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American Forces Press Service

DoD Intel Chief Describes National Security Challenges

By Amaani Lyle
DoD News, Defense Media Activity

WASHINGTON, Nov. 20, 2014 – Protecting military networks is among many national security challenges the nation faces, the undersecretary of defense for intelligence said here yesterday.

In remarks at the Defense One Summit, Michael G. Vickers said the challenges, both unconventional and novel, are likely to be enduring and will require the attention of both the government and the private sector.

"Cybersecurity is a job for everybody," Vickers said. "It's something our companies worry about, and it's here now. It's a threat right now."

Vickers emphasized the importance of cybersecurity to defend the nation's critical infrastructure and in supporting combatant commanders in the new warfare domain. And adversaries can use cyber to their advantage, he noted.

Adversaries Can Use Cyber to Target U.S. Economy

"They can use this to gain economic advantage and … erode our economic position over a long period of time without fighting a war, because national security ultimately derives from economic security and strength," he explained.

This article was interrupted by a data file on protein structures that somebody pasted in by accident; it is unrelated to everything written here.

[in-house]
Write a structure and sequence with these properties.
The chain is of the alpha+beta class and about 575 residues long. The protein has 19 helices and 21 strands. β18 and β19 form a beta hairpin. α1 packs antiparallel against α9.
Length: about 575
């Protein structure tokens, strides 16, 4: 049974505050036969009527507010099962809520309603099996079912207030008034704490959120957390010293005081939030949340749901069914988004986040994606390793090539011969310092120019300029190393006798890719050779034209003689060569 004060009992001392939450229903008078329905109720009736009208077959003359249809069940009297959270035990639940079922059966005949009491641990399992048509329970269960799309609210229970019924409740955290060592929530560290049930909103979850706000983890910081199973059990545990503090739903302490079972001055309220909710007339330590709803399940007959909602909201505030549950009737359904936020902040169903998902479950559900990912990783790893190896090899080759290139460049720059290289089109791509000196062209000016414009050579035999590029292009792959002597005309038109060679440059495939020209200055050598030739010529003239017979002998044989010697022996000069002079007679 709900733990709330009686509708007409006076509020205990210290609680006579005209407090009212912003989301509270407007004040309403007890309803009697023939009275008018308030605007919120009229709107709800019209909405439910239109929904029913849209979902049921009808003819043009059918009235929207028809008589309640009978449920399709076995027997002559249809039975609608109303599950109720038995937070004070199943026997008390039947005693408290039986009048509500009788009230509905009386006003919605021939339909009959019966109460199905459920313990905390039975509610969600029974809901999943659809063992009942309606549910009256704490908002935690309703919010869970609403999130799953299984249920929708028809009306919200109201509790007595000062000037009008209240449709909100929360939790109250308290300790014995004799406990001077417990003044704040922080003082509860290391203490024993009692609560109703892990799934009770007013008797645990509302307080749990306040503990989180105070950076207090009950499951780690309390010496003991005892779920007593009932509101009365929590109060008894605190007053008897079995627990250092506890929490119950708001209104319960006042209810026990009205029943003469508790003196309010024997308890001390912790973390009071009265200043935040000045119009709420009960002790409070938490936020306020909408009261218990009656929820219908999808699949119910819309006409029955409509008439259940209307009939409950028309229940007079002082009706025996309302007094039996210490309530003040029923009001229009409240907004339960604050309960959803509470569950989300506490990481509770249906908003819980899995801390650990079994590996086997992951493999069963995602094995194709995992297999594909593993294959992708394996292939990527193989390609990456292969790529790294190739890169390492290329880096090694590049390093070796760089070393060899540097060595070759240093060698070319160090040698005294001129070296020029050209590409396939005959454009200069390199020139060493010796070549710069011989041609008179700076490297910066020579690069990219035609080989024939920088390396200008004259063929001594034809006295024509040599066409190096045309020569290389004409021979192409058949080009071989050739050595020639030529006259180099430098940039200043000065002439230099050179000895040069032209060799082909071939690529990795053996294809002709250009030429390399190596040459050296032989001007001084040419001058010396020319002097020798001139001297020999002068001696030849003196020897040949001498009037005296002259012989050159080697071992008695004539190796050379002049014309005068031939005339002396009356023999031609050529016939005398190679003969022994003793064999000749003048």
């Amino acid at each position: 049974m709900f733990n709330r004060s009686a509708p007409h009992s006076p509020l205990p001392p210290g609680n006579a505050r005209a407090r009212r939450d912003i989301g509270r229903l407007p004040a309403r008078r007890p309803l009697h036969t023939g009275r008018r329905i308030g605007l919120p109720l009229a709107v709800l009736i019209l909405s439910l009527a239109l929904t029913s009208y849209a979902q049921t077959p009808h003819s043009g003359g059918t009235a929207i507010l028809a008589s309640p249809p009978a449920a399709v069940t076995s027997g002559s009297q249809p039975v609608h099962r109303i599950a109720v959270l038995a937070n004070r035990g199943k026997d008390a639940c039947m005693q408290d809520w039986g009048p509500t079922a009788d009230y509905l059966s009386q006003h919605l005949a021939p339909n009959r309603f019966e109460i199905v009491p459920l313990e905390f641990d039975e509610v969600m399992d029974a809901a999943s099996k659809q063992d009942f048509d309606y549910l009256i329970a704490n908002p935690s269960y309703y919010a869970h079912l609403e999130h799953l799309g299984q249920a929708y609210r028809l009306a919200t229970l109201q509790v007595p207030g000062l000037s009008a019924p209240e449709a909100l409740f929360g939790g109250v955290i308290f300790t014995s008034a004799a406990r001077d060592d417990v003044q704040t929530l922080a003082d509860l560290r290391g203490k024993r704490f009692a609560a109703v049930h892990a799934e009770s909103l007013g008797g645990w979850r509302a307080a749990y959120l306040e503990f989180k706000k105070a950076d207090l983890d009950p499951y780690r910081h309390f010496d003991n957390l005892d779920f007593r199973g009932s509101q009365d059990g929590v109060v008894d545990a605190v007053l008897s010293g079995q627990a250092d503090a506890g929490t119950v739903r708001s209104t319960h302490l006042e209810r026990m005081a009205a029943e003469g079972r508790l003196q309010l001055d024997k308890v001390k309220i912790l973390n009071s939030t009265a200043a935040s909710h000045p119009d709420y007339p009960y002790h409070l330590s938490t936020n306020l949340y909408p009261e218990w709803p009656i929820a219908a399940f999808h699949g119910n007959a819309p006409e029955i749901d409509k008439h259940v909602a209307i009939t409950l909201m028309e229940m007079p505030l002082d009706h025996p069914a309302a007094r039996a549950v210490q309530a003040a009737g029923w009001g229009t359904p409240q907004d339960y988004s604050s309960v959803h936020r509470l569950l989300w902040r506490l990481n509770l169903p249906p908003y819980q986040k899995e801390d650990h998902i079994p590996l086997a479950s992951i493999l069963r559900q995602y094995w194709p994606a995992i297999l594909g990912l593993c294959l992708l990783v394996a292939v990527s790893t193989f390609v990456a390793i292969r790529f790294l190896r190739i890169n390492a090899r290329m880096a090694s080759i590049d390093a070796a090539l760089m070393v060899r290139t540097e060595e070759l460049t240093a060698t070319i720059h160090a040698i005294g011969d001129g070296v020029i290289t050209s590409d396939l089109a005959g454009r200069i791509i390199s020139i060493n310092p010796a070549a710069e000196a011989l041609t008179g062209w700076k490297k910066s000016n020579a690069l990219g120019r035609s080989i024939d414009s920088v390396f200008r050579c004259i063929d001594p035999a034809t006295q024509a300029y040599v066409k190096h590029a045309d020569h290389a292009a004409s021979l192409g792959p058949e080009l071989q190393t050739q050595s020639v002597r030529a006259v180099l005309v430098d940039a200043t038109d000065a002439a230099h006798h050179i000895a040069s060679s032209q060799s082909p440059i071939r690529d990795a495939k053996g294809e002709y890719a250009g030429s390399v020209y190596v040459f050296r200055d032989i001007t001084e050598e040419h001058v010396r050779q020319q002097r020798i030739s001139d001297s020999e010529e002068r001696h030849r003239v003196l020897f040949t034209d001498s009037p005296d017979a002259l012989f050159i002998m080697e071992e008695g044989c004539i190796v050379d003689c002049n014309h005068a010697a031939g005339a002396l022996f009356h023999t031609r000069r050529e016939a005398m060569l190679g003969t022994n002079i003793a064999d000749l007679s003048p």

The undersecretary also cited familiar threats, such as China and its military modernization in East Asia, Russian aggression in Ukraine and the expansion of the global jihad. And although core al-Qaida has waned, he added, some of its affiliates have grown stronger. "Now we have the emergence of [the Islamic State of Iraq and the Levant] … the competition for leadership in the global jihad, and the threat of homegrown violent extremists," he said.

Other Challenges

Beyond cyber, Vickers cited other national security challenges, such as the proliferation of weapons of mass destruction and their associated delivery systems in Iran and North Korea, as well as broader instability in the Middle East and North Africa as the Syrian civil war persists.

"A lot of these areas intersect in various ways, both in instability and global jihad or regional rivalries and civil wars," he explained. "So it's an extremely challenging landscape."

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